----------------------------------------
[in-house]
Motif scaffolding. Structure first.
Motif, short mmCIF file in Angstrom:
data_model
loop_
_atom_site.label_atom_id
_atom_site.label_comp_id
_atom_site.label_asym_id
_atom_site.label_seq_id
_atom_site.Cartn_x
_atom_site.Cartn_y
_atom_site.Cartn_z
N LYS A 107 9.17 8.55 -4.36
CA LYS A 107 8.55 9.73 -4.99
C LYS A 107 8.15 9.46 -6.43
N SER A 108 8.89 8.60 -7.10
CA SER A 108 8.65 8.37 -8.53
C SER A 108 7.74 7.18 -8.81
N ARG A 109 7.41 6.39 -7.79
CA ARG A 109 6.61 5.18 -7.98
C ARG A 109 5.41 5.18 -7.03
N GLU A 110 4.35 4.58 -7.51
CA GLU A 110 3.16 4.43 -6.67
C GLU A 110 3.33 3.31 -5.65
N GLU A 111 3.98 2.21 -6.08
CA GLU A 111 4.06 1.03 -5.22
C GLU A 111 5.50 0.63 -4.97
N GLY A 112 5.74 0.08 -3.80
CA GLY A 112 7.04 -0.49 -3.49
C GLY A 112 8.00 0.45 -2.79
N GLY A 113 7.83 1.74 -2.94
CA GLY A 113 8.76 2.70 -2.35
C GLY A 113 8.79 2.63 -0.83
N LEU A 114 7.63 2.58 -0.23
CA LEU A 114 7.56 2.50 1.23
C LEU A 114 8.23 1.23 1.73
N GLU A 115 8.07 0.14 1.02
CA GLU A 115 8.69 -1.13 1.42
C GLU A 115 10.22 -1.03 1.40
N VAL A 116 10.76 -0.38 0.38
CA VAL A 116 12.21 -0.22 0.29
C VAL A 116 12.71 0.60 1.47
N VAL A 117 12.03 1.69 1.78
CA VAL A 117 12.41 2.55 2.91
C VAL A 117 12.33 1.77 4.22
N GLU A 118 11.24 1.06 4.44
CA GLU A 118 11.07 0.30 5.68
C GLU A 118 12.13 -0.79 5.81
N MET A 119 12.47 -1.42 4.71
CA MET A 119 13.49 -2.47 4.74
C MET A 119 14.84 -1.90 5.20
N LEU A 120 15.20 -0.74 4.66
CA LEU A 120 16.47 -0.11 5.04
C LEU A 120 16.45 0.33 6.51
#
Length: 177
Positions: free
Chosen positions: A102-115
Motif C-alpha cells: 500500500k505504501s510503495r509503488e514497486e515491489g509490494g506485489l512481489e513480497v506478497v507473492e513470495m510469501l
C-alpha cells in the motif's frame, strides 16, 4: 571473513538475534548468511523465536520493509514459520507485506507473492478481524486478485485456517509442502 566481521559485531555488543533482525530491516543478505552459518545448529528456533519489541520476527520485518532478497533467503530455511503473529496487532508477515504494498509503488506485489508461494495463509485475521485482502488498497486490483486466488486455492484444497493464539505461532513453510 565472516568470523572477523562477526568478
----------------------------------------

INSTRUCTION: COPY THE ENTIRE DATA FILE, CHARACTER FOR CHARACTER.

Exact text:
[in-house]
Motif scaffolding. Structure first.
Motif, short mmCIF file in Angstrom:
data_model
loop_
_atom_site.label_atom_id
_atom_site.label_comp_id
_atom_site.label_asym_id
_atom_site.label_seq_id
_atom_site.Cartn_x
_atom_site.Cartn_y
_atom_site.Cartn_z
N LYS A 107 9.17 8.55 -4.36
CA LYS A 107 8.55 9.73 -4.99
C LYS A 107 8.15 9.46 -6.43
N SER A 108 8.89 8.60 -7.10
CA SER A 108 8.65 8.37 -8.53
C SER A 108 7.74 7.18 -8.81
N ARG A 109 7.41 6.39 -7.79
CA ARG A 109 6.61 5.18 -7.98
C ARG A 109 5.41 5.18 -7.03
N GLU A 110 4.35 4.58 -7.51
CA GLU A 110 3.16 4.43 -6.67
C GLU A 110 3.33 3.31 -5.65
N GLU A 111 3.98 2.21 -6.08
CA GLU A 111 4.06 1.03 -5.22
C GLU A 111 5.50 0.63 -4.97
N GLY A 112 5.74 0.08 -3.80
CA GLY A 112 7.04 -0.49 -3.49
C GLY A 112 8.00 0.45 -2.79
N GLY A 113 7.83 1.74 -2.94
CA GLY A 113 8.76 2.70 -2.35
C GLY A 113 8.79 2.63 -0.83
N LEU A 114 7.63 2.58 -0.23
CA LEU A 114 7.56 2.50 1.23
C LEU A 114 8.23 1.23 1.73
N GLU A 115 8.07 0.14 1.02
CA GLU A 115 8.69 -1.13 1.42
C GLU A 115 10.22 -1.03 1.40
N VAL A 116 10.76 -0.38 0.38
CA VAL A 116 12.21 -0.22 0.29
C VAL A 116 12.71 0.60 1.47
N VAL A 117 12.03 1.69 1.78
CA VAL A 117 12.41 2.55 2.91
C VAL A 117 12.33 1.77 4.22
N GLU A 118 11.24 1.06 4.44
CA GLU A 118 11.07 0.30 5.68
C GLU A 118 12.13 -0.79 5.81
N MET A 119 12.47 -1.42 4.71
CA MET A 119 13.49 -2.47 4.74
C MET A 119 14.84 -1.90 5.20
N LEU A 120 15.20 -0.74 4.66
CA LEU A 120 16.47 -0.11 5.04
C LEU A 120 16.45 0.33 6.51
#
Length: 177
Positions: free
Chosen positions: A102-115
Motif C-alpha cells: 500500500k505504501s510503495r509503488e514497486e515491489g509490494g506485489l512481489e513480497v506478497v507473492e513470495m510469501l
C-alpha cells in the motif's frame, strides 16, 4: 571473513538475534548468511523465536520493509514459520507485506507473492478481524486478485485456517509442502 566481521559485531555488543533482525530491516543478505552459518545448529528456533519489541520476527520485518532478497533467503530455511503473529496487532508477515504494498509503488506485489508461494495463509485475521485482502488498497486490483486466488486455492484444497493464539505461532513453510 565472516568470523572477523562477526568478